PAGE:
That moment has finally arrived as they let those words roll of their tongue, ‘So tell me what do you do for a living?’ With a sharp intake of the breath and a sigh the person standing in front musters their bravado and sureness: ‘I’m an executive coach.’ Blankness followed by realization. How should they respond? Some politely roll their eyes and shake their head in condolence, others simply correct the executive coach standing in front of them and say: ‘Oh you’re a life coach, well that’s just like counselling really…’ before moving onto a less embarrassing topic, whilst some genuinely do not know and ask ‘what is coaching?’ and, for a small minority they quietly break out into a knowing smile, relax and begin talking about their experiences of coaching. Welcome to the confusing world of the newly emerging field called executive coaching.
The identity of the executive coach has typically constructed and defined by the skills and competencies codified by the various coaching bodies that have been set up locally and worldwide that were assumed to guarantee relations of trust (Evetts 2013) or through the history and evolution of professionals (see Drake 2008). Demonstrating coaching skills to pass the accreditation process marks the suitability of the coach, however, the lack of empirical validity of the core competences and the conflict of interest between certifying coach training schools and accrediting its members threatens its credibility (Maltbia et al. 2014; Griffiths & Campbell 2008). Furthermore, the market is questioning the validity of the current identity as Glaxo Smith Klein’s Sally Bonneywell comments:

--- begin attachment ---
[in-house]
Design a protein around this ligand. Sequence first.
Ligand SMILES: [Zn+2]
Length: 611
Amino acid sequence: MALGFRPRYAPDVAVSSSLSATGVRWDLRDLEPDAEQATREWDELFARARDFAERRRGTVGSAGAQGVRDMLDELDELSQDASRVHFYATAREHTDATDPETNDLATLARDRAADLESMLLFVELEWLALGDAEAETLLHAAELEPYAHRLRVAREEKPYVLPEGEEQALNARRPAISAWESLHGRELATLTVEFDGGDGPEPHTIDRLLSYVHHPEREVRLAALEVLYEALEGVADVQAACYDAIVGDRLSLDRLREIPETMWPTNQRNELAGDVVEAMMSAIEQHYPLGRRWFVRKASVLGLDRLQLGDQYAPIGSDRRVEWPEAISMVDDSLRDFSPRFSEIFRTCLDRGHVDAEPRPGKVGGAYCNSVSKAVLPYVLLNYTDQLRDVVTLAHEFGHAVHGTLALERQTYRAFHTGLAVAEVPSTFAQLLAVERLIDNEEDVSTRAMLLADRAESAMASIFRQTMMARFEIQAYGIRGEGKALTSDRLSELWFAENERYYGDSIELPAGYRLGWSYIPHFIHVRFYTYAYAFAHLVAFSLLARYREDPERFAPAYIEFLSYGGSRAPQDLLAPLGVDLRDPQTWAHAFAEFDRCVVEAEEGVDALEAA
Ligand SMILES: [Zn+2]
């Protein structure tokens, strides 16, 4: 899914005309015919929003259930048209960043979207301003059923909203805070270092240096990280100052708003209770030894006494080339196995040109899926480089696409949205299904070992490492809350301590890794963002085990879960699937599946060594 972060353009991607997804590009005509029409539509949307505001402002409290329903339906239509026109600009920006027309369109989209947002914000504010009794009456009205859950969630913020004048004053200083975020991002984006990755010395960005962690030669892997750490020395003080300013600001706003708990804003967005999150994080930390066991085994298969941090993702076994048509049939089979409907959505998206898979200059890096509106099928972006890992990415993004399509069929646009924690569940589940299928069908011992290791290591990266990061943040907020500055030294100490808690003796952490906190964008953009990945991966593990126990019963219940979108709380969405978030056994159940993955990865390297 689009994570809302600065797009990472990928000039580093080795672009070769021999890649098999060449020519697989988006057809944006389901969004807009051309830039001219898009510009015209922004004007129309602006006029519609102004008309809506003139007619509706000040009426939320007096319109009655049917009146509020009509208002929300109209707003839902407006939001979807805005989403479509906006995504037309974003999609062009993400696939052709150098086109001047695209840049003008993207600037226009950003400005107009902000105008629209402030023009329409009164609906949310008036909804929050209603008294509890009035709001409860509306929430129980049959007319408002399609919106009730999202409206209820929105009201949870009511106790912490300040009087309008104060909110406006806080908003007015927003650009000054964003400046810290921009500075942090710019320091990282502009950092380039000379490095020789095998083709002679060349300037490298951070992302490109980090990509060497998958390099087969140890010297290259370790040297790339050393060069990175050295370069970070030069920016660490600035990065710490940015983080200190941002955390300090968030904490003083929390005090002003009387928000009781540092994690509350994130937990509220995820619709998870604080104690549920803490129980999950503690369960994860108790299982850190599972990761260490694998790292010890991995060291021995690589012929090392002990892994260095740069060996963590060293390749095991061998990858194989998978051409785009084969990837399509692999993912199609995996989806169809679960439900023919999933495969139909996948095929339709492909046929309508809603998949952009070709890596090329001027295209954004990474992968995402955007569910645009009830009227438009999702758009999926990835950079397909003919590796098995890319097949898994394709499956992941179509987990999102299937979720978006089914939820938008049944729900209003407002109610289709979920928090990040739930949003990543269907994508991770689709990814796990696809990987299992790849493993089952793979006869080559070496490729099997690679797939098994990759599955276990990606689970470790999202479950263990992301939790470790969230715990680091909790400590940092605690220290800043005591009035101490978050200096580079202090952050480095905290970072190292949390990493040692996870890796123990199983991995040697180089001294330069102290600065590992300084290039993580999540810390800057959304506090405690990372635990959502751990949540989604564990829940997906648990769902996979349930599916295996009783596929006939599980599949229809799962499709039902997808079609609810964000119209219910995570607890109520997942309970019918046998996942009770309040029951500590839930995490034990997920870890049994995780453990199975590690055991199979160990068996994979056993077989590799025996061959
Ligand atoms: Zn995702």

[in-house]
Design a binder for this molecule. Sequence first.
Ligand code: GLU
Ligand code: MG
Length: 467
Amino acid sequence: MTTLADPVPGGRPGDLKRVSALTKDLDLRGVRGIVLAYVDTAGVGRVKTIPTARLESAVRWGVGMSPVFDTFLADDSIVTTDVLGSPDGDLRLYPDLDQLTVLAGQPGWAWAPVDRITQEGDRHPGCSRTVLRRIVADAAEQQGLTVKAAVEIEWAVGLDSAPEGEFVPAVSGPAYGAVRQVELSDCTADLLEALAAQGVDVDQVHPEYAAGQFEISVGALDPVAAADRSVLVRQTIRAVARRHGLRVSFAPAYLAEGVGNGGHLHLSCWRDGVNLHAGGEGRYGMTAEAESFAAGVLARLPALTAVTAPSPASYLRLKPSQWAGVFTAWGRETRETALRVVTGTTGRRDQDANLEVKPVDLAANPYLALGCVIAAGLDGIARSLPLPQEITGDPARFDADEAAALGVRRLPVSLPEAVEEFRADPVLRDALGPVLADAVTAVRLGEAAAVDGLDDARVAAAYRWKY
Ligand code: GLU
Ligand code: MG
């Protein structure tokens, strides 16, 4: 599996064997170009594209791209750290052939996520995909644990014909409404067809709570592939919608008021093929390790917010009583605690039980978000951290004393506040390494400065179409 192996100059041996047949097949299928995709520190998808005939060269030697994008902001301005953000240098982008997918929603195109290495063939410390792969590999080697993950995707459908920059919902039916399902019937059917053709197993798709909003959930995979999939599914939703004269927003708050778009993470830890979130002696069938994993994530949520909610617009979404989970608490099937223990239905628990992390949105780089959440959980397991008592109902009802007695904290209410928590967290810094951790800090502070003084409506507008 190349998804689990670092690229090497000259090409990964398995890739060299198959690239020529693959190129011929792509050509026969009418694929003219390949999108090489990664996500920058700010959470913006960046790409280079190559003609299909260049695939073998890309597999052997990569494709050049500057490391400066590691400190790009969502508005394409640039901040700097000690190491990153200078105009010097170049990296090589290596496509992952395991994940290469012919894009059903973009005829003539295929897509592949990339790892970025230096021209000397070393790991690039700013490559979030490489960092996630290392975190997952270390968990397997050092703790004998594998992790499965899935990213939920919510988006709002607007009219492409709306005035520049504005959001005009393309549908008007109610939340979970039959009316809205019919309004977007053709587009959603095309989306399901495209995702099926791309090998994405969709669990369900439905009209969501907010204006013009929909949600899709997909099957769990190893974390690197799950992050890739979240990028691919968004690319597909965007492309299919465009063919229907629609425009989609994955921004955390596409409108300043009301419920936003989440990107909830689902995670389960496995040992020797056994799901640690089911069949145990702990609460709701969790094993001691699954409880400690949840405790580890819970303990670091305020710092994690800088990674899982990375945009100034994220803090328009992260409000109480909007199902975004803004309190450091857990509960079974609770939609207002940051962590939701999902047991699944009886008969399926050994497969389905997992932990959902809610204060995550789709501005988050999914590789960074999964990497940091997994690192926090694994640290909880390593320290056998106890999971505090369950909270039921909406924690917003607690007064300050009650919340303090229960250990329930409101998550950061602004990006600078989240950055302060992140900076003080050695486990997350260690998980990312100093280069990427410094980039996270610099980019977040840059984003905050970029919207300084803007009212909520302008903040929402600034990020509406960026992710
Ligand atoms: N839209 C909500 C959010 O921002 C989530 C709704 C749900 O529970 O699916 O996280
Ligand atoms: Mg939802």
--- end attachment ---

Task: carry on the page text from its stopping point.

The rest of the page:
‘People have been talking about making coaching a profession for well over 10 years, but until all stakeholders are in agreement to take the industry to the next level, instead of protecting their own status quo, things will be very slow to change – to the detriment of all in coaching.’ (2014)
Executive coaching is reported as emerging as one of the top five leadership-development best practices that work alongside leaders and managers to aid in responding to their immediate needs in the complex and chaotic world of work (Maltbia et al. 2014). Yet who are they really? Are executive coaches simply the sum of their skills, or are they the sum of their personal and professional experiences, and skills and competencies?
Coaching at Work, 2014. Becoming a Chartered Institute: Is Coaching Ready? Coaching at Work 9(3) pp.12
Drake, D.B., 2008. Finding our way home: coaching’s search for identity in a new era. Coaching: An International Journal of Theory, Research and Practice, 1(1), pp.16–27.
Evetts, J., 2013. Professionalism: Value and ideology. Current Sociology, 61(5-6), pp.778–796.
Griffiths, K. & Campbell, M. a., 2008. Semantics or substance? Preliminary evidence in the debate between life coaching and counselling. Coaching: An International Journal of Theory, Research and Practice, 1(2), pp.164–175.